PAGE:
WASHINGTON - From her days as a local politician to her role as the US Senate's chief intelligence overseer, Dianne Feinstein has been forced to confront human wickedness on levels personal and political.
As a San Francisco official she held a slain colleague in her arms moments after a gunman's bullets cut him down.
As chair of the Senate Intelligence Committee since 2009, she has been privy to details of the war on terror and extremists who have killed Americans.
Feinstein pushed back against the savagery this week, in a way that could define her career.
She released a 500-page report summary detailing ghastly interrogation practices by the CIA which she and others say amount to torture of detainees.
It capped a years-long effort to investigate and expose the enhanced interrogation techniques of the Central Intelligence Agency, whose leaders she infuriated last March when she dropped a bombshell by publicly accusing its agents of spying on Senate computers.
"I have grave concerns that the CIA's search may well have violated the separation of powers principles embodied in the United States Constitution," Feinstein declared in a dramatic floor speech.
The case recalled the dark years of the agency, and Feinstein said it pained her to expose it to the public.
It triggered one of the worst rows between Congress and the intelligence community, but the matter was too grave to ignore.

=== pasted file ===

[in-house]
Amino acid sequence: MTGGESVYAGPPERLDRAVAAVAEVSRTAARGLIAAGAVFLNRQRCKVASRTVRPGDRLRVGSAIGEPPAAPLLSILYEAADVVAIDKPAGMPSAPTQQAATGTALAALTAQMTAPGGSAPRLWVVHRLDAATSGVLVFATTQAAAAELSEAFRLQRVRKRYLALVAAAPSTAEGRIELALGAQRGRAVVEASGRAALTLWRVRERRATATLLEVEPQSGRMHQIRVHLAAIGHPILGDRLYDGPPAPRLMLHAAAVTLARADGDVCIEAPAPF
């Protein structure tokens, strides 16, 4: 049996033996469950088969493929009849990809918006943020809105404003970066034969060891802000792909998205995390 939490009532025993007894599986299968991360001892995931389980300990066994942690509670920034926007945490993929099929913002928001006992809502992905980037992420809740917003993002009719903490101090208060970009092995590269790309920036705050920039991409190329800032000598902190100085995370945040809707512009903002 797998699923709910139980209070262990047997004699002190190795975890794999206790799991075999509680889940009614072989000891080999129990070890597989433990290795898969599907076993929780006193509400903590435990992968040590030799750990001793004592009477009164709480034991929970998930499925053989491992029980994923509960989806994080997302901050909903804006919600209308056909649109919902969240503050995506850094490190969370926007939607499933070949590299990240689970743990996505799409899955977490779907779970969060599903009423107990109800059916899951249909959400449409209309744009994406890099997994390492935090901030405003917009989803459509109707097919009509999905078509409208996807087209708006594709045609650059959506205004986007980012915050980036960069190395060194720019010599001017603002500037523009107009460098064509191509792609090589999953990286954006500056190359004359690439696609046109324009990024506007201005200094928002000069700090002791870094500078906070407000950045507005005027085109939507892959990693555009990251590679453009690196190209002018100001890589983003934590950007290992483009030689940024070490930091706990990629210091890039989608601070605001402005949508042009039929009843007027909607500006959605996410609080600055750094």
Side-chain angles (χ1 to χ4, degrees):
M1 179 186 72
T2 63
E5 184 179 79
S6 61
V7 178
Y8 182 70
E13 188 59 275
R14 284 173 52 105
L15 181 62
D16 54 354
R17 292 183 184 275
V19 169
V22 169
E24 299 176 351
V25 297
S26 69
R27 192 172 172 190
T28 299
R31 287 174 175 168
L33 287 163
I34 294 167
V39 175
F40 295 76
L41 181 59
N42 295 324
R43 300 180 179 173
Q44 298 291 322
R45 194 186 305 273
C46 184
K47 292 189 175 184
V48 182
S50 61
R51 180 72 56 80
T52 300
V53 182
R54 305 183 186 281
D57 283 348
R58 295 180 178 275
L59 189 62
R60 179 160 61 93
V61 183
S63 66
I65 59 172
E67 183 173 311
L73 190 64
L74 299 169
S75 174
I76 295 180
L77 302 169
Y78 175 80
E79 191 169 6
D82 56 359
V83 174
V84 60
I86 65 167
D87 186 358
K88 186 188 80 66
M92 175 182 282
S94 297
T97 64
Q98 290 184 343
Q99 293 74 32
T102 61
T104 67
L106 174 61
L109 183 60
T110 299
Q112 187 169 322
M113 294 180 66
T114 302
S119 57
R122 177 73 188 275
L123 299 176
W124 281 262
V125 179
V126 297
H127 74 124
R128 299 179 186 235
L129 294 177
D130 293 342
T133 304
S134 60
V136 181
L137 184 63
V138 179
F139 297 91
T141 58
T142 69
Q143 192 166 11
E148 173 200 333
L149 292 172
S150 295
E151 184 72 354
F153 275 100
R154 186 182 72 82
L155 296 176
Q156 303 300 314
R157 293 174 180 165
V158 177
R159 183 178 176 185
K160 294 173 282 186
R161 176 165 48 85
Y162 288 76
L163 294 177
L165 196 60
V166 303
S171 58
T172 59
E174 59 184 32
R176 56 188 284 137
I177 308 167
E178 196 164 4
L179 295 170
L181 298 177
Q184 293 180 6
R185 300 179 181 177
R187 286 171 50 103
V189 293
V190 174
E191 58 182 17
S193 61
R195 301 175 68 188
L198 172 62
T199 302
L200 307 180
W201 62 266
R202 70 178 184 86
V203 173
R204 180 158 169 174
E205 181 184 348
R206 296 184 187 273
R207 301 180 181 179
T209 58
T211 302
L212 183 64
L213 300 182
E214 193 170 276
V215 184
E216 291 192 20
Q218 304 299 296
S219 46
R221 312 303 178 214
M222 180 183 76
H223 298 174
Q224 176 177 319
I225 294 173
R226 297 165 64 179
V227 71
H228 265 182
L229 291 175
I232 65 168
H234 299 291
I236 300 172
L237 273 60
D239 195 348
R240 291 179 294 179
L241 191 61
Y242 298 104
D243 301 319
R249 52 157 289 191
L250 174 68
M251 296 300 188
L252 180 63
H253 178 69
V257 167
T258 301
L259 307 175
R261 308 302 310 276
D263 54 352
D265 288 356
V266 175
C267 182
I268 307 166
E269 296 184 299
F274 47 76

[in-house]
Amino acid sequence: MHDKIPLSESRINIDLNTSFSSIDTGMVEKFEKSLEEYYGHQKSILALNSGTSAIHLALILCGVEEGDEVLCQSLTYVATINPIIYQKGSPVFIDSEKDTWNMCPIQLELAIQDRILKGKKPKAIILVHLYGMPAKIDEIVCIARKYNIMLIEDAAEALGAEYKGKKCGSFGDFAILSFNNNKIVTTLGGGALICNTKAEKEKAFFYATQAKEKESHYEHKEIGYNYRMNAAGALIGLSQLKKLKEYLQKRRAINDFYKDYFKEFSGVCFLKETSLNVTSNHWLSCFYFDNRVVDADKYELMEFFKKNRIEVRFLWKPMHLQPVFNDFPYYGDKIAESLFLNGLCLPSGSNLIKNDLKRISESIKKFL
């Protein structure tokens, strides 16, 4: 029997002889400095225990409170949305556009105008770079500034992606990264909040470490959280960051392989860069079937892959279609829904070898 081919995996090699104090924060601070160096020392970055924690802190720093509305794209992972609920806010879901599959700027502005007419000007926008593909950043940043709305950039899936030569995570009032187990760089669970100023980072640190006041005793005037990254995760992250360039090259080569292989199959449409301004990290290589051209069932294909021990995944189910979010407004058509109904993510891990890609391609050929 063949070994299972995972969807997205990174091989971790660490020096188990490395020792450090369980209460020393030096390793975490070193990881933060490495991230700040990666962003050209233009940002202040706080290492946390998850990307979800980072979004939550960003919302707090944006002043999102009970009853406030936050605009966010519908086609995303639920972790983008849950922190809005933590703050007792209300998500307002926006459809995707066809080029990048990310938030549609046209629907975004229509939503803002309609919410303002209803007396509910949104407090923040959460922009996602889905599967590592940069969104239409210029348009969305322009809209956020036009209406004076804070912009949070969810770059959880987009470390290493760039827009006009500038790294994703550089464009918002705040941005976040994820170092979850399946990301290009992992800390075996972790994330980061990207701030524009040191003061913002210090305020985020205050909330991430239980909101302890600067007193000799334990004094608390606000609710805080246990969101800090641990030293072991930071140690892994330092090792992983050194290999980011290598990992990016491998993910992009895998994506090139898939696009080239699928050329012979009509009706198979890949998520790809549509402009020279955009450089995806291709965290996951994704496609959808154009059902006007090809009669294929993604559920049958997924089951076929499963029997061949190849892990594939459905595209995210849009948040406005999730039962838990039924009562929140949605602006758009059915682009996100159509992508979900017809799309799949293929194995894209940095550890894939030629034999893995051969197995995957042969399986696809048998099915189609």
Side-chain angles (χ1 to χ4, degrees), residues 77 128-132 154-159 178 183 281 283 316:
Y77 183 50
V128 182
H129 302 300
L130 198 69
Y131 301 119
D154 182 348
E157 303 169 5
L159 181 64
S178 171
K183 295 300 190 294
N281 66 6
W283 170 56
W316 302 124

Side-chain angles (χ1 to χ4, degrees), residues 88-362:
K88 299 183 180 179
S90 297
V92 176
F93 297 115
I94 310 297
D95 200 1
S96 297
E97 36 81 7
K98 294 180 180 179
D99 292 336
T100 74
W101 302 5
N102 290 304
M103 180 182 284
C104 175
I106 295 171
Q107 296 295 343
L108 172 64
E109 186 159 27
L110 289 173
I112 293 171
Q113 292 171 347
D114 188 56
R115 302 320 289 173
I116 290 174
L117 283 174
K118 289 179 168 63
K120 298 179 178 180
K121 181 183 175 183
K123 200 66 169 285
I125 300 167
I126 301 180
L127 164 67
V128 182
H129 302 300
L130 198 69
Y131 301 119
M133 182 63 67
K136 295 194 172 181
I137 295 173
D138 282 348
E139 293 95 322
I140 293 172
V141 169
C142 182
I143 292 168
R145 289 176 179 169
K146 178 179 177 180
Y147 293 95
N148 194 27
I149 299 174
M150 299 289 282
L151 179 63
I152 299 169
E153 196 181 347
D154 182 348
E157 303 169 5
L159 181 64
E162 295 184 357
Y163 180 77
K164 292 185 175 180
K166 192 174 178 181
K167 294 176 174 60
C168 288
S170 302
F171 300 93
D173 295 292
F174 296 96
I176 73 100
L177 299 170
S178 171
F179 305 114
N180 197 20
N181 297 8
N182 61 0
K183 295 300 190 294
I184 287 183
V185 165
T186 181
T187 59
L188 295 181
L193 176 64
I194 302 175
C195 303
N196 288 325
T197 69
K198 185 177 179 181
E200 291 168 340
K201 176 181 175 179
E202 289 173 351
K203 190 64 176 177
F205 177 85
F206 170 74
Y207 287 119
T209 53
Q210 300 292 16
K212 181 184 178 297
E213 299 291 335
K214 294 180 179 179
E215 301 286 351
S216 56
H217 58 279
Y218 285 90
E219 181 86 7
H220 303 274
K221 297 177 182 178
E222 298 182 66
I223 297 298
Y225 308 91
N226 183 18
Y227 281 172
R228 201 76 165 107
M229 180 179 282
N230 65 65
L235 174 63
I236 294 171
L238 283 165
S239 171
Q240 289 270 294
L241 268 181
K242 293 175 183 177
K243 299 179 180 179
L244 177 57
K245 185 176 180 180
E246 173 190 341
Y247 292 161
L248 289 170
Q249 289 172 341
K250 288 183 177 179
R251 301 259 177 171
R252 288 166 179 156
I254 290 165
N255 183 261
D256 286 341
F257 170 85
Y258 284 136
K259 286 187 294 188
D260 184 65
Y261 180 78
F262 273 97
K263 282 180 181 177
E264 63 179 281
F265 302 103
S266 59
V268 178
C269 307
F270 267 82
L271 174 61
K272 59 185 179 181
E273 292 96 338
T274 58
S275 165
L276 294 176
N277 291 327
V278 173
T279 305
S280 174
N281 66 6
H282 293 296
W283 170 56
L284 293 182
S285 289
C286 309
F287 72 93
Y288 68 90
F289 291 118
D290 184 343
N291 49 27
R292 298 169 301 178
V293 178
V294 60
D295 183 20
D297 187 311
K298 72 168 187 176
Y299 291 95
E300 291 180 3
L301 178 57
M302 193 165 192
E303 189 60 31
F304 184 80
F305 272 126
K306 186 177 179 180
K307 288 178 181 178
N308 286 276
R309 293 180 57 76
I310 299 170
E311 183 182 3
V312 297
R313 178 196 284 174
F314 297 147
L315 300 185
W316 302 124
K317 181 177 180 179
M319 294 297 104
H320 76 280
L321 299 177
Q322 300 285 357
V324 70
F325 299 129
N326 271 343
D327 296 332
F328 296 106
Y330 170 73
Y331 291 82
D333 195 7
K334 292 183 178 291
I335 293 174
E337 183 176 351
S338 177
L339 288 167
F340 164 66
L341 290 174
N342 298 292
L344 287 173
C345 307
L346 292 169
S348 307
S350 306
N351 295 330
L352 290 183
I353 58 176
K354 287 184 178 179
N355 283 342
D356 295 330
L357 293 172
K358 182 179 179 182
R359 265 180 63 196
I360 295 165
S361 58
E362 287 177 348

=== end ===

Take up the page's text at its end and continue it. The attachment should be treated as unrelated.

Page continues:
As investigators put finishing touches on their massive probe, she said, the CIA breached Senate computers in a bid to delete files confirming the committee's suspicions.
It was amid such frayed ties that Feinstein, following an intense tug-of-war with the CIA and White House, released a declassified version of the report Tuesday, offering 20 damning conclusions about the ineffectiveness and brutality of many post-9/11 interrogations.
"Excellent," is how Senator John Rockefeller described Feinstein's performance this week.
"I've worked really closely with her," Rockefeller told AFP on Friday.
"We've dealt with the same issues. I sit right beside her, and I think she's done a wonderful job." Feinstein, 81, has lost none of her fighting spirit, but the intensity of negotiations over the report appears to have left a mark.
Approached by reporters as she headed to yet another classified briefing ahead of the report's publication, she said "I don't even know what day it is."